Who’s Your Sweetheart?

Sweethearts in appalachia

The word sweetheart is used as a term of affection or love for another person.  According to the Online Etymology Dictionary the word has been around a long long time:

sweetheart (n.) late 13c. as a form of address, 1570s as a synonym for “loved one;” from sweet (adj.) + heart (n.).

The book Why You Say It written by Webb Garrison says that back in the days of the long bow, when much of medical science was a guessing game, doctors assumed the heart was the container for our personal traits. In other words, they believed the heart held who we are as a person.

Garrison goes on to say that line of thinking lead to phrases such as hard hearted, heavy hearted, and soft hearted. Before long folks started using sweet heart to describe one they cared deeply for. As time went on the space between the words disappeared and we were left with sweetheart. Who knew?

I don’t think the word sweethearts is used much by the youth in my area these days, but then again maybe I’m wrong and it is.

This is the week for sweethearts.


*Source: Why You Say It written by Webb Garrison; Online Etymology Dictionary.

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  • Reply
    September 6, 2020 at 8:31 pm

    What a lovely Sunday afternoon September 2020…..a beautiful somewhat cooler sunny morning to church then on to a meal with my husbands twin brother and wife ….traveling home I was enjoying listen to ”Never Grow Old” ….which I listened to again at home dragging out my guitar and playing and singing along…. so fun. Then I checked into Blind Pig ‘s Pinterest page to enjoy some of the older pins there…..the picture above caught my eye, so here I am, enjoying all things shared especially …. a very sweetheart picture ♡ Oh, and especially loved the thought of a wonderful snow…from way over here in September… so glad I get to experience all 4 seasons.

  • Reply
    Ed Ammons
    February 9, 2016 at 7:25 pm

    A man knows he’s getting old when the young ladies at the register call you sweetie or sweetheart.
    I wonder the context of the picture. Pretty Miss Bonnie has her jaw set and her face exudes grim determination. She has her arm around her sweetheart’s neck in more of a headlock than a lovers embrace and her left hand is made into a fist. He seems to be looking into the camera while she appears to be looking at something or someone beyond it.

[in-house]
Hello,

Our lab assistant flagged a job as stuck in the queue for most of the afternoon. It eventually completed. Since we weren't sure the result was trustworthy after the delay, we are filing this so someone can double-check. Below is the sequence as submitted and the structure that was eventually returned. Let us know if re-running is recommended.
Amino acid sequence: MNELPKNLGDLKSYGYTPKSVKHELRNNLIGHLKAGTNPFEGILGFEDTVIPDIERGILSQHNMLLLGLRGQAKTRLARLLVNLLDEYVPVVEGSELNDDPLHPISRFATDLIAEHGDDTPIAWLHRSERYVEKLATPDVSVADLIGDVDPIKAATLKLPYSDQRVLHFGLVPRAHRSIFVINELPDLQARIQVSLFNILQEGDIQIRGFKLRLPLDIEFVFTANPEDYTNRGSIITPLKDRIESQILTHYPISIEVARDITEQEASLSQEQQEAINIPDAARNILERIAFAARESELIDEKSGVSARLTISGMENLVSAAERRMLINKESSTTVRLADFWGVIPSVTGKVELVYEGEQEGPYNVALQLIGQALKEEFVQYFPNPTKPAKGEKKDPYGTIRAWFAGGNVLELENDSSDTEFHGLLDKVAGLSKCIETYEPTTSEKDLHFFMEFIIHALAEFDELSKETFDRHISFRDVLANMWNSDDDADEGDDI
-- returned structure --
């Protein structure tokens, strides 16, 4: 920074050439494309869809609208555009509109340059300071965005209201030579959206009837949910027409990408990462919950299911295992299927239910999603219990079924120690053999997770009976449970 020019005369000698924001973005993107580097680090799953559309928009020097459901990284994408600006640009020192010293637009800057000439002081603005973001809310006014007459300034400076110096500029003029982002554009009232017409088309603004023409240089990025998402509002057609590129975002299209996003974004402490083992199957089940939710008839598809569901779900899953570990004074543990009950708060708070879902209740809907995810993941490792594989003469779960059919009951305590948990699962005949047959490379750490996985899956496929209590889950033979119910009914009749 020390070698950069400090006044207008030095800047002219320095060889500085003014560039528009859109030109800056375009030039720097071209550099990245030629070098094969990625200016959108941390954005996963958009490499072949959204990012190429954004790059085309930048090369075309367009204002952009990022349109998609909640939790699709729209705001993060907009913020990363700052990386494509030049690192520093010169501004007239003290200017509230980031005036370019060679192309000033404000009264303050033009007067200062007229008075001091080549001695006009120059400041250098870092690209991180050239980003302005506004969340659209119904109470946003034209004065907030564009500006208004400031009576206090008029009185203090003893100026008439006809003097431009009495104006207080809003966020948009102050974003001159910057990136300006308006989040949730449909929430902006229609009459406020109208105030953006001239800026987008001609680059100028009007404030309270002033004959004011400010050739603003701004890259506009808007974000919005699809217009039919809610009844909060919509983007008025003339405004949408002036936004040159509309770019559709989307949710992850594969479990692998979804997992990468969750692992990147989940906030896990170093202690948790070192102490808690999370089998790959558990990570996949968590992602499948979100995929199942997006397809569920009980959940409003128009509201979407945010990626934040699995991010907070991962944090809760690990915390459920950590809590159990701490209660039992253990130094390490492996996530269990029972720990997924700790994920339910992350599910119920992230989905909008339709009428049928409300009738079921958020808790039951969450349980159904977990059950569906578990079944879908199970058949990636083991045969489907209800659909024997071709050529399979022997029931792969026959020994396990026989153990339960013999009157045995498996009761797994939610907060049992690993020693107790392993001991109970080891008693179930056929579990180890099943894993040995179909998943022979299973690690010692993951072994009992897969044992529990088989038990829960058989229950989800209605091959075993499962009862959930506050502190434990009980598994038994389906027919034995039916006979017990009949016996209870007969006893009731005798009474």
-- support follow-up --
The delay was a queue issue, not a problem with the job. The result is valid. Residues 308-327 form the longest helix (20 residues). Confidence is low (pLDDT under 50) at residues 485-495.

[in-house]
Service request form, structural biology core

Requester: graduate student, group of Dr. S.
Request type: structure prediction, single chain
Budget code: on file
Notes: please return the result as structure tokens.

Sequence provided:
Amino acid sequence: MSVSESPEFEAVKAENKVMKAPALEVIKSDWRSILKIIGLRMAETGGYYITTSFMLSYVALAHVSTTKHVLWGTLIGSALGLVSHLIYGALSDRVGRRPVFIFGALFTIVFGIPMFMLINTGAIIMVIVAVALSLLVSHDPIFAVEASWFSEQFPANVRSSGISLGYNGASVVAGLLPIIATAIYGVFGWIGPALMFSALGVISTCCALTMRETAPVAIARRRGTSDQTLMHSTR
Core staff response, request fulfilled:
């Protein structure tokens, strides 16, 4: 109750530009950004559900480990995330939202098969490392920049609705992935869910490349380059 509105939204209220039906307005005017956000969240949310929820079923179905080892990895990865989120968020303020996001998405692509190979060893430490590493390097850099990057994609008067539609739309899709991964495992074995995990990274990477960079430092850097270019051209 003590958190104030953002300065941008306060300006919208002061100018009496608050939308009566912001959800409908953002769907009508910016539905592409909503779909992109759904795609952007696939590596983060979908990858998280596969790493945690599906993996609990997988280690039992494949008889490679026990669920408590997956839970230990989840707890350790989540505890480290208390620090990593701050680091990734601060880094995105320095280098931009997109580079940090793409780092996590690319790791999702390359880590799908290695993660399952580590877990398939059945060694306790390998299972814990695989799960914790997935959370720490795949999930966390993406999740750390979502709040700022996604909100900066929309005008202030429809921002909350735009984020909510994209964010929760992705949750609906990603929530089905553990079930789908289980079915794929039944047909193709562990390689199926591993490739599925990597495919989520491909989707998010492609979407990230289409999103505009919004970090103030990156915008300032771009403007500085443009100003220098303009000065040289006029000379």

• Reply
    Ron Banks
    February 9, 2016 at 2:52 pm

    Reminds me of a song.
    Let me call you Sweetheart
    I’m in love with you.
    Let me hear you whisper that you love me too.
    Keep the lovelight glowing in your eyes so true
    Let me call you Sweetheart
    I’m in love with you!
    I am dreaming, dear, of you
    Day by day
    Dreaming when the skies are blue,
    When they’re gray;
    When the silv’ry moonlight gleams,
    Still I wander on in dreams
    In a land of love, it seems
    Just with you….
    Let me call you Sweetheart
    I’m in love with you.
    Let me hear you whisper that you love me too.
    Keep the lovelight glowing in your eyes so true
    Let me call you Sweetheart
    I’m in love with you!
    My sweetheart is a bonny lass from SC.

  • Reply
    Ken Roper
    February 9, 2016 at 2:27 pm

    I heard the “best” harmony on the radio awhile ago. About 10 minutes before her program ended today, Donna Lynn played “River of Jordan” by those beautiful Pressley Girls. Happy Valentine’s Day Chitter and Chatter…Ken

  • Reply
    Ken Roper
    February 9, 2016 at 1:03 pm

    This is perfect snow for making Snowcream. At Topton, I got 4″ and it was so easy to sweep off my porch and car this morning. When I got to the shop, there’s just a skiff in places, but it’s still snowing. Gonna have Snowcream tonight!!!
    Valentine’s Day use to be a Special time for me, but that was a long time ago. Nowadays it’s just another day. My grandgirls and daughters still make it Special tho. Little Whisky couldn’t wait for me to open my Jeep door. He’s short-legged and his belly just drags through the snow…Ken

  • Reply
    b. Ruth
    February 9, 2016 at 11:54 am

    “Will You Remember”…or commonly called ‘The Sweetheart Song”…
    sung by Jeanette MacDonald in the movie ” Maytime”
    Sweetheart, Sweetheart, Sweetheart,
    Will you love me ever?
    Will you remember this day,